Wednesday, August 16, 2017

Diana Galarreta-Aima: "Women Playwrights"

Diana Galarreta-Aima

Book Review

Feliciana Enríquez de Guzmán, Ana Caro Mallén, and Sor Marcela de San Félix, Women Playwrights of Early Modern Spain. Edited by Nieves Romero-Díaz and Lisa Vollendorf. Translated and annotated by Harley Erdman. The Other Voice in Early Modern Europe: The Toronto Series, Vol. 49, ITER Academic Press & Arizona Center for Medieval and Renaissance Studies (Toronto, Canada & Tempe, Arizona, 2016), 272 + xii pp. ISBN: 9780866985567

1> By providing an English translation of the works of three female playwrights of Golden Age Spain who lived and wrote between 1569 and 1687, Women Playwrights of Early Modern Spain seeks to revise the canon of Spanish drama, bringing to light the importance of female writers in seventeenth-century Spain’s changing society and theater. This book is part of a larger project, the “Other Voice” in Early Modern Europe, which has brought to light texts otherwise forgotten or overlooked.  This first-ever English translation will be of great interest to scholars and students of theater, gender, and conventual life in Golden Age Spain.

2> This collection is divided into a succinct introduction to early modern Spanish theater (including a table of known women playwrights in Iberia and Ibero-America from 1500 to 1750); a note on the translations that explains the unique features of the Golden Age Spanish dramatic verse, and the reasons for some translation liberties in word-selection and rhyme scheme; biographical notes, select bibliography, plot summary and short analysis before each play; and a final bibliography that includes editions of the works translated in the volume.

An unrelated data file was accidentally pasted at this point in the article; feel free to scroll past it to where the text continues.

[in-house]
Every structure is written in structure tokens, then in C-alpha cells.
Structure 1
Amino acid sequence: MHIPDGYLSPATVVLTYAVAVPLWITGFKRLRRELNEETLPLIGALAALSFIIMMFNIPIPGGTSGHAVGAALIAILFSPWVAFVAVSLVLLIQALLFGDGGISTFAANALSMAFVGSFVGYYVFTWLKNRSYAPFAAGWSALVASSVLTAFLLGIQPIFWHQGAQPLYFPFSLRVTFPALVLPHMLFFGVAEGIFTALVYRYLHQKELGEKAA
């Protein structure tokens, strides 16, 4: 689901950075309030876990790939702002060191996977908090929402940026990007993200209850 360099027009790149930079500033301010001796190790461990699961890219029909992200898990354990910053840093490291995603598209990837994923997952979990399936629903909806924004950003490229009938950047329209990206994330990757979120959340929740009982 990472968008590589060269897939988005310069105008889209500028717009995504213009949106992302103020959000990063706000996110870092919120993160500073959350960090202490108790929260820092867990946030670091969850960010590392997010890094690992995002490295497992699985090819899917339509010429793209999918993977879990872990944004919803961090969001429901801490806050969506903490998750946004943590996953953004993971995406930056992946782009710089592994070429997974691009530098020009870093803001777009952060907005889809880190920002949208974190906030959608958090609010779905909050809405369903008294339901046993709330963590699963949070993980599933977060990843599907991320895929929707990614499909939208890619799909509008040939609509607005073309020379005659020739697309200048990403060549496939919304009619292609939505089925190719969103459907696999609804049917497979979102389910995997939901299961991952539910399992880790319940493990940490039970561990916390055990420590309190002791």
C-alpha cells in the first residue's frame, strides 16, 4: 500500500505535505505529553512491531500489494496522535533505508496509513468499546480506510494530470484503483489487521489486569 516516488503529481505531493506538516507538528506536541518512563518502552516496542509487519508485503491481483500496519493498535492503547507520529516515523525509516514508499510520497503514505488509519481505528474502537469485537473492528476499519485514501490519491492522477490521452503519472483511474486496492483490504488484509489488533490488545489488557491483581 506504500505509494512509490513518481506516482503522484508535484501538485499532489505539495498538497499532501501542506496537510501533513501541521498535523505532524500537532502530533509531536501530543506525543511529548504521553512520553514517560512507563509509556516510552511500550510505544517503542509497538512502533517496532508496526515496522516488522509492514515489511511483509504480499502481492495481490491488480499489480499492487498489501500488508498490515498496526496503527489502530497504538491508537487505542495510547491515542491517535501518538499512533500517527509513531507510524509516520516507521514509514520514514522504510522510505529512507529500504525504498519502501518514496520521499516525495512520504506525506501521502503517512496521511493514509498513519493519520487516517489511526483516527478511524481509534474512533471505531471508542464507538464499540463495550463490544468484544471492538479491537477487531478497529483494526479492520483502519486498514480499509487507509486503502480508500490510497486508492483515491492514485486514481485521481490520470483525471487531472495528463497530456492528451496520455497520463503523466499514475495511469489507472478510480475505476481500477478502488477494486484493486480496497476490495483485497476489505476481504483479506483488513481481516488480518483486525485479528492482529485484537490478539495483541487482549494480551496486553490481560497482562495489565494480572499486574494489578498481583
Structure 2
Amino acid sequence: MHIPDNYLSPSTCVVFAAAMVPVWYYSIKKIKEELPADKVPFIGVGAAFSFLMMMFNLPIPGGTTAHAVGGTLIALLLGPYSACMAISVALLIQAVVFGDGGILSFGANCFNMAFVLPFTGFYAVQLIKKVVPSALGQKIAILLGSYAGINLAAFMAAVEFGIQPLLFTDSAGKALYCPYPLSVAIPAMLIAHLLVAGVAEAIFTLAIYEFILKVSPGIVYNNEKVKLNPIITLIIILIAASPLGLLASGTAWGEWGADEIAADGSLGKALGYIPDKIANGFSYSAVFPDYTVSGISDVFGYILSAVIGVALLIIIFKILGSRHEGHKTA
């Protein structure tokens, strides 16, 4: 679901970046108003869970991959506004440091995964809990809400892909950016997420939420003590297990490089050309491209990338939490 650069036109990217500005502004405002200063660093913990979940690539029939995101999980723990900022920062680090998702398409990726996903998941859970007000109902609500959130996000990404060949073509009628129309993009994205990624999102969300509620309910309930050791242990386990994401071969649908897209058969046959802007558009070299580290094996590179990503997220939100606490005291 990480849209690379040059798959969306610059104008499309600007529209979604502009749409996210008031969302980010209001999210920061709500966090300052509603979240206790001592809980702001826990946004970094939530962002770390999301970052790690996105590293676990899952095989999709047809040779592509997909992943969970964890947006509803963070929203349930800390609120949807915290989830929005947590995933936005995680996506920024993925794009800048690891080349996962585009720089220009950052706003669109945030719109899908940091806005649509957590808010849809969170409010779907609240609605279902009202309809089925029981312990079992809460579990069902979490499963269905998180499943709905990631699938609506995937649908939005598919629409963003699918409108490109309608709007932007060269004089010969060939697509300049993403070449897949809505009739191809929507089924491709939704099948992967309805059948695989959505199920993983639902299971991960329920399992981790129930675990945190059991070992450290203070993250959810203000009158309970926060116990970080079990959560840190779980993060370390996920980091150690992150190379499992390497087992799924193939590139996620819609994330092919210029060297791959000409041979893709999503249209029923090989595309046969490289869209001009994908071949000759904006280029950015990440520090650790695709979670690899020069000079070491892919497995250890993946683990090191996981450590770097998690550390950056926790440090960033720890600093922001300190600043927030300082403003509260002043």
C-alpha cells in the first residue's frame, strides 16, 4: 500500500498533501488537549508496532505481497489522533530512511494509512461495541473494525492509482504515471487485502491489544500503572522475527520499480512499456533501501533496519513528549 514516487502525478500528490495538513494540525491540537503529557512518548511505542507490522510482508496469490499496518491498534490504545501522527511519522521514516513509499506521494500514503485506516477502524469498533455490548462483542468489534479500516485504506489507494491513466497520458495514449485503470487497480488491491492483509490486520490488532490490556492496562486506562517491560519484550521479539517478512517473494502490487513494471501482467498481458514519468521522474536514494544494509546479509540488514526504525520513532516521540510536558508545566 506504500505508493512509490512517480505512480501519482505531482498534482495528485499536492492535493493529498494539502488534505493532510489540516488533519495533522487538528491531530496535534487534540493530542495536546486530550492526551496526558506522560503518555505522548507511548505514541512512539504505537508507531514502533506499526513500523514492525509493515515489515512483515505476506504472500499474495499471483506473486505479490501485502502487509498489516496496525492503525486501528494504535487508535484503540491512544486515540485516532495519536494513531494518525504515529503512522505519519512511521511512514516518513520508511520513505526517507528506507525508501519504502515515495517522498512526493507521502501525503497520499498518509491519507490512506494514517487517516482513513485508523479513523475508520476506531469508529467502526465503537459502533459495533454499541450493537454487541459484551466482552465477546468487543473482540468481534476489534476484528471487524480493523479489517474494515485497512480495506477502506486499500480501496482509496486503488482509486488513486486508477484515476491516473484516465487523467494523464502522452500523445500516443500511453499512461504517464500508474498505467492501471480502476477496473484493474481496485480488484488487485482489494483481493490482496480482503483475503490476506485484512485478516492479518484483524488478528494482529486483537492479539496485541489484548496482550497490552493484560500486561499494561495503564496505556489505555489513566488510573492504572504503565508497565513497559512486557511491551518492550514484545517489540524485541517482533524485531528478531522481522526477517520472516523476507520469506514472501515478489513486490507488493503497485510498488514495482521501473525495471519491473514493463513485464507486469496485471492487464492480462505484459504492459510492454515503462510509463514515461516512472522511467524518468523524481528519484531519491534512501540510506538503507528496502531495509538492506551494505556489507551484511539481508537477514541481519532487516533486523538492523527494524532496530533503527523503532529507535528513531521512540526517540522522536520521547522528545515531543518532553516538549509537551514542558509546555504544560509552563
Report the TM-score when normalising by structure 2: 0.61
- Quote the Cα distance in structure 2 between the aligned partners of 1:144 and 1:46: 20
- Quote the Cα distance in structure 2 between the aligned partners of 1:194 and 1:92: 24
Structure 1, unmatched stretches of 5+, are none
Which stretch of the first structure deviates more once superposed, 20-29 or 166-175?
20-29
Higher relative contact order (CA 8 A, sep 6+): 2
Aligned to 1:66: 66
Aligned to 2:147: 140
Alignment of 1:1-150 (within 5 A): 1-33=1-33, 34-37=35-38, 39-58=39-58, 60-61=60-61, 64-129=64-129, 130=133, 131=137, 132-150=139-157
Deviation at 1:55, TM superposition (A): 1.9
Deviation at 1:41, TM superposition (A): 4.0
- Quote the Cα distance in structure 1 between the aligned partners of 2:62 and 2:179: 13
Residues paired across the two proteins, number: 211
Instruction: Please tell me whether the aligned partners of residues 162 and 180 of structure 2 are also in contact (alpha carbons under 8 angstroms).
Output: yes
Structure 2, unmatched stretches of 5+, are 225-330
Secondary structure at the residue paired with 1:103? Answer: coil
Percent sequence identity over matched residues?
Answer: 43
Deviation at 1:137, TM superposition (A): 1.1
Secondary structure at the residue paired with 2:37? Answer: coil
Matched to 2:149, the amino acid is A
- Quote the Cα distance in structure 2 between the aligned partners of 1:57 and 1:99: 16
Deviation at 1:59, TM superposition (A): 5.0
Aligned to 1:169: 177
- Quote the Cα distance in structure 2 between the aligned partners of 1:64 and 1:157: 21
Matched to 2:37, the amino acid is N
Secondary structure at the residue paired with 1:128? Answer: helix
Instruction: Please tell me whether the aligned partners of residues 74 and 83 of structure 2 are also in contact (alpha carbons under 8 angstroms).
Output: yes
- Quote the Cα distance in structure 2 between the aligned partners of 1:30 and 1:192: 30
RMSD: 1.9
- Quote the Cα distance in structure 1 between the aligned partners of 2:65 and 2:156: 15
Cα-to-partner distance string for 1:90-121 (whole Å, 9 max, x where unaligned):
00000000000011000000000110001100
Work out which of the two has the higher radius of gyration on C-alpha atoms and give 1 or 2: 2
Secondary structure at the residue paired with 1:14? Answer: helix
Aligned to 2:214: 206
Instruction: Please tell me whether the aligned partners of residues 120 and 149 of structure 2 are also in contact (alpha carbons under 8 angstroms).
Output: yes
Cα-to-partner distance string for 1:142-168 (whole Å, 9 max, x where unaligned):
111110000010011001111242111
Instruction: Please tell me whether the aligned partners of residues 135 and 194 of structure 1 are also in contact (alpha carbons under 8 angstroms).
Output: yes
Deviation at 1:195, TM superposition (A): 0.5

3> Nieves Romero-Diaz and Lisa Vollendorf explain that the playwrights featured in their volume were chosen “for diversity of audience, genre and style they represent” (1). Notably, the plays in this collection have never been translated into English or any other language, which is an important goal of this text. The first work are the four interludes of the best-known two-part play of Feliciana Enríquez de Guzmán, Tragicomedy of the Sheban Gardens and Fields. The decision of selecting a minor genre, the Spanish comedia’s interlude, by the first female playwright to write for the Spanish public stage, is not a coincidence: it introduces readers to a minor but important genre of Spanish theater, and also gives a glimpse into a female writer’s incursion into the more playful side of theater. The second work is Ana Caro Mallén’s Count Partinuplés that features a strong female character, Rosaura, who challenges gender norms, devising a complex scheme to choose her own husband. The last works were written by one of Lope de Vega’s daughter (the most important playwright of Golden Age Spanish theater), Sor Marcela de San Félix. Her work represents the female literary talent found within the convent walls in early modern Spain.